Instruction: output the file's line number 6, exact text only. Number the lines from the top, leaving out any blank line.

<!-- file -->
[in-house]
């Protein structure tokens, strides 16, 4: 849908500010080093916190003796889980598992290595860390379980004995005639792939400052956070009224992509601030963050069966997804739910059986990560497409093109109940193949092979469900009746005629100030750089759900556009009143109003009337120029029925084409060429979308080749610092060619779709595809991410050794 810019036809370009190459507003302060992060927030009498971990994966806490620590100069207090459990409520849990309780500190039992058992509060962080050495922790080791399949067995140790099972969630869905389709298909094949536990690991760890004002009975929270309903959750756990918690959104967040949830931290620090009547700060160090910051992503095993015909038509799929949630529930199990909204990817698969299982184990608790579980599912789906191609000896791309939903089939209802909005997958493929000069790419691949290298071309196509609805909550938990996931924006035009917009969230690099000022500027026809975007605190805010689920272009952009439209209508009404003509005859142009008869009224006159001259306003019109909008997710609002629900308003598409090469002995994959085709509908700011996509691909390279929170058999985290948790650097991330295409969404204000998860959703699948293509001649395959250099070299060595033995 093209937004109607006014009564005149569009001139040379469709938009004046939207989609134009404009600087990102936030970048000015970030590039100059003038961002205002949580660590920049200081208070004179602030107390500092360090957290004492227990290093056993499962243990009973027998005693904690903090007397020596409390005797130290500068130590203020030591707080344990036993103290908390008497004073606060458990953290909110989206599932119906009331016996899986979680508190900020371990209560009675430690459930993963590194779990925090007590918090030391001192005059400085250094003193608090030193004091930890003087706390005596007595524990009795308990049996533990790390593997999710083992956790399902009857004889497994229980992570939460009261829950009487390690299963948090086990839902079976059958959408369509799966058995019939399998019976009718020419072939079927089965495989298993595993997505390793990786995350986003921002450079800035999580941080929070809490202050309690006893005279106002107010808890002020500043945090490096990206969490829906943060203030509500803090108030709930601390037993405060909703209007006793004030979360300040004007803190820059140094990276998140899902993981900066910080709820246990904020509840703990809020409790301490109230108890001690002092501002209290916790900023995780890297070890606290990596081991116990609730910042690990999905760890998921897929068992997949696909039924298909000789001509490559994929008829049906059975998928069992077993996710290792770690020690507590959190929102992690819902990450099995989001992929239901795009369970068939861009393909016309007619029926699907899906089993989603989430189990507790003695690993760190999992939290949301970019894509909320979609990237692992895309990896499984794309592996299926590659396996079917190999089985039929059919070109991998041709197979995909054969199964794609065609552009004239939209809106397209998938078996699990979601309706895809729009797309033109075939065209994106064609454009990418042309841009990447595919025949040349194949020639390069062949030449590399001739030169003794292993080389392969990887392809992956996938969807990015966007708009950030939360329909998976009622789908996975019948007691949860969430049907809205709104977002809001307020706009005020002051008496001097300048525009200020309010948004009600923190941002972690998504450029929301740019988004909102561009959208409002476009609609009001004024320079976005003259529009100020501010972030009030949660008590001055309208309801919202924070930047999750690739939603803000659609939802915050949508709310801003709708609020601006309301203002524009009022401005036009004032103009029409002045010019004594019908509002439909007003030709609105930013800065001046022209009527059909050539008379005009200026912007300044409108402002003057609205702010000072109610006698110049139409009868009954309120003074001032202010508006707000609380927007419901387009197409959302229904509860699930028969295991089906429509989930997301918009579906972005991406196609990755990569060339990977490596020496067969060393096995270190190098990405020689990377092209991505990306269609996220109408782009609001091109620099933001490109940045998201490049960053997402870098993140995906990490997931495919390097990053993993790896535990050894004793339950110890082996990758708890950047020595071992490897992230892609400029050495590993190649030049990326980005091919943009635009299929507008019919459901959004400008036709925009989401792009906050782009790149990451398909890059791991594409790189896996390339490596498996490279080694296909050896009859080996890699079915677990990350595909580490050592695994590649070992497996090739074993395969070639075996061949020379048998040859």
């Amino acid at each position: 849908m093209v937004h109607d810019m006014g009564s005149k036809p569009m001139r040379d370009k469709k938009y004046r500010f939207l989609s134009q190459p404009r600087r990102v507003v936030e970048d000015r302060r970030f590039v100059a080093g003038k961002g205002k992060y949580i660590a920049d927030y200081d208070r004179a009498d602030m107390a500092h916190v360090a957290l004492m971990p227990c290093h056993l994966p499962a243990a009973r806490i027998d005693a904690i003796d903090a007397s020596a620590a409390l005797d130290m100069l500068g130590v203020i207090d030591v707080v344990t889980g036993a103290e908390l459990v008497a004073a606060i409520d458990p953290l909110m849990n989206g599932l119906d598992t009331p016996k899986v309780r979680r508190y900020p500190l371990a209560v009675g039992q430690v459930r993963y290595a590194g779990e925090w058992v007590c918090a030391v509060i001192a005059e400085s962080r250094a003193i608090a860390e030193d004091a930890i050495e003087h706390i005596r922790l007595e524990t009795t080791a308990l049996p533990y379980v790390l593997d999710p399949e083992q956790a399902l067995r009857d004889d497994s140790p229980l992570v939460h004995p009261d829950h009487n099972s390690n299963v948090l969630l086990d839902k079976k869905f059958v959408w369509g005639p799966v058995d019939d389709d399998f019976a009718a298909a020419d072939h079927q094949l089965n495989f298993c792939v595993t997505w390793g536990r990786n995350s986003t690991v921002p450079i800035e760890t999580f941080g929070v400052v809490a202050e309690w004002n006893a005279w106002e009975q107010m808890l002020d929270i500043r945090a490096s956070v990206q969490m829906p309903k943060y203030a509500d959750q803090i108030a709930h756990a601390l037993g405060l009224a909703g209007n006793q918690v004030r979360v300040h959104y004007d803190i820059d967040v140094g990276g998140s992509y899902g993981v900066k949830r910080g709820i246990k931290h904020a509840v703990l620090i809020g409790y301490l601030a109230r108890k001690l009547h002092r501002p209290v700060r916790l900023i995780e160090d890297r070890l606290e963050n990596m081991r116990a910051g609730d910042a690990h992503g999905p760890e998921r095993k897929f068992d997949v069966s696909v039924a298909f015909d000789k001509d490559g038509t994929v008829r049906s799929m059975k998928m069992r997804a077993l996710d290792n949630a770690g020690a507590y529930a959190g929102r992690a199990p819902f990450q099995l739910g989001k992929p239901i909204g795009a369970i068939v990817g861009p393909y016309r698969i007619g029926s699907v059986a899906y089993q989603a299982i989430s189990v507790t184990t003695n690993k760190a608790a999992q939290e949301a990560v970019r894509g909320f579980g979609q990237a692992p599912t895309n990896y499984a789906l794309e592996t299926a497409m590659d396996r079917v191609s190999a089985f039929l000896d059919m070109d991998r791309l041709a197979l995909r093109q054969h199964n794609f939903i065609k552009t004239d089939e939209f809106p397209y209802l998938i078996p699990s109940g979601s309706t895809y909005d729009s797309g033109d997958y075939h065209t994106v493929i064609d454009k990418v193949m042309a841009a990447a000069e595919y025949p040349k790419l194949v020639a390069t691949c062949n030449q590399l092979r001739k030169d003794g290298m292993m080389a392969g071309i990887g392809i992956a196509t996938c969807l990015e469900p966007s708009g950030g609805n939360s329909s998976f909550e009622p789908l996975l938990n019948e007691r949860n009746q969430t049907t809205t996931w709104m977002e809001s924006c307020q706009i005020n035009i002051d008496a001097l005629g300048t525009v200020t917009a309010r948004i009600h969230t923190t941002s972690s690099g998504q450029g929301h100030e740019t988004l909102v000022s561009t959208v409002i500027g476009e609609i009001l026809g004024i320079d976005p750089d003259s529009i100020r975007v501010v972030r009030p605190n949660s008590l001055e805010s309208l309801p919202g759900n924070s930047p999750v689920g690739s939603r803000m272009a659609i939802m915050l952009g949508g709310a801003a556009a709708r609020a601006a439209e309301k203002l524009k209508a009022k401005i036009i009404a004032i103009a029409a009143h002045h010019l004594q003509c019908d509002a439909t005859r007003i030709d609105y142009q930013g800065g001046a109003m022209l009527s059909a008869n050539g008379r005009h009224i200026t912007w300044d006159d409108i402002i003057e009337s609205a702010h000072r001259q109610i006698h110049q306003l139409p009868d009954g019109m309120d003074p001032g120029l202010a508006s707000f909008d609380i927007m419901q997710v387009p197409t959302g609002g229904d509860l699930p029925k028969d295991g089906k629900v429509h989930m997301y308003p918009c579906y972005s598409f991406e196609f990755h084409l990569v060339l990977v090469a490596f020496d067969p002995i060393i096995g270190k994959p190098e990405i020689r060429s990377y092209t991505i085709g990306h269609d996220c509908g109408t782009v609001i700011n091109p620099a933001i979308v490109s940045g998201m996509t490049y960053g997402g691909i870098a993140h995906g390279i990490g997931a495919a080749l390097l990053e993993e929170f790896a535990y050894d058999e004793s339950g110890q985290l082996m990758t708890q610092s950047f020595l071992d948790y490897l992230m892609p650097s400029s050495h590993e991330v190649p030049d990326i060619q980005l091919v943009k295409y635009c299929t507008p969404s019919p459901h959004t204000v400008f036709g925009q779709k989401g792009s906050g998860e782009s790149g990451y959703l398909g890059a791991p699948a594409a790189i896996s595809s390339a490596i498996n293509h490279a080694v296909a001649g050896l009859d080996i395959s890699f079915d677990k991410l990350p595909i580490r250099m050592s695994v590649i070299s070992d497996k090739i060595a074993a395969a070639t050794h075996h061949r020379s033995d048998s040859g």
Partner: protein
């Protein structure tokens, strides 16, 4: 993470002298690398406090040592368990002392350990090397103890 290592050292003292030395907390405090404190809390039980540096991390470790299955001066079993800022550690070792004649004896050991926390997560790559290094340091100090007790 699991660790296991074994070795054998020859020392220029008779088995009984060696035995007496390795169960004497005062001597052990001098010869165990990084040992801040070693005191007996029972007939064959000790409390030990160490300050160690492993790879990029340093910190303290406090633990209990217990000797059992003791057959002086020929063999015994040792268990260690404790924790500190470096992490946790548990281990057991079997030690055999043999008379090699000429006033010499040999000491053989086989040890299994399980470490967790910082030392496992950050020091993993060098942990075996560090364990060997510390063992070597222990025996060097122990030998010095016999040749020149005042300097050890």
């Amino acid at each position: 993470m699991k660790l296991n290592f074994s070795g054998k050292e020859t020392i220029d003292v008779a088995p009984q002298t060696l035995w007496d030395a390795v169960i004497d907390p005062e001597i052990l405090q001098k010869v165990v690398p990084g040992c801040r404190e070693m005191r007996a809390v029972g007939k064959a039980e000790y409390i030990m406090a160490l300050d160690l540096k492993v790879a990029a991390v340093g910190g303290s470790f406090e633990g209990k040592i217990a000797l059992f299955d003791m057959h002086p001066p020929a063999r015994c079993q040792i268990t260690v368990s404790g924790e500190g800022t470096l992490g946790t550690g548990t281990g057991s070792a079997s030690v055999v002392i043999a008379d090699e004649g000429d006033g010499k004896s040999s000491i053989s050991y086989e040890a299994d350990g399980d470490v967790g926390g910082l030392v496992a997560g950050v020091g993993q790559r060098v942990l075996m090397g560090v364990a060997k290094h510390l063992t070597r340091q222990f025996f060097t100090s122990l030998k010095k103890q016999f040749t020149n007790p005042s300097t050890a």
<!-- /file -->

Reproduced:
């Amino acid at each position: 993470m699991k660790l296991n290592f074994s070795g054998k050292e020859t020392i220029d003292v008779a088995p009984q002298t060696l035995w007496d030395a390795v169960i004497d907390p005062e001597i052990l405090q001098k010869v165990v690398p990084g040992c801040r404190e070693m005191r007996a809390v029972g007939k064959a039980e000790y409390i030990m406090a160490l300050d160690l540096k492993v790879a990029a991390v340093g910190g303290s470790f406090e633990g209990k040592i217990a000797l059992f299955d003791m057959h002086p001066p020929a063999r015994c079993q040792i268990t260690v368990s404790g924790e500190g800022t470096l992490g946790t550690g548990t281990g057991s070792a079997s030690v055999v002392i043999a008379d090699e004649g000429d006033g010499k004896s040999s000491i053989s050991y086989e040890a299994d350990g399980d470490v967790g926390g910082l030392v496992a997560g950050v020091g993993q790559r060098v942990l075996m090397g560090v364990a060997k290094h510390l063992t070597r340091q222990f025996f060097t100090s122990l030998k010095k103890q016999f040749t020149n007790p005042s300097t050890a």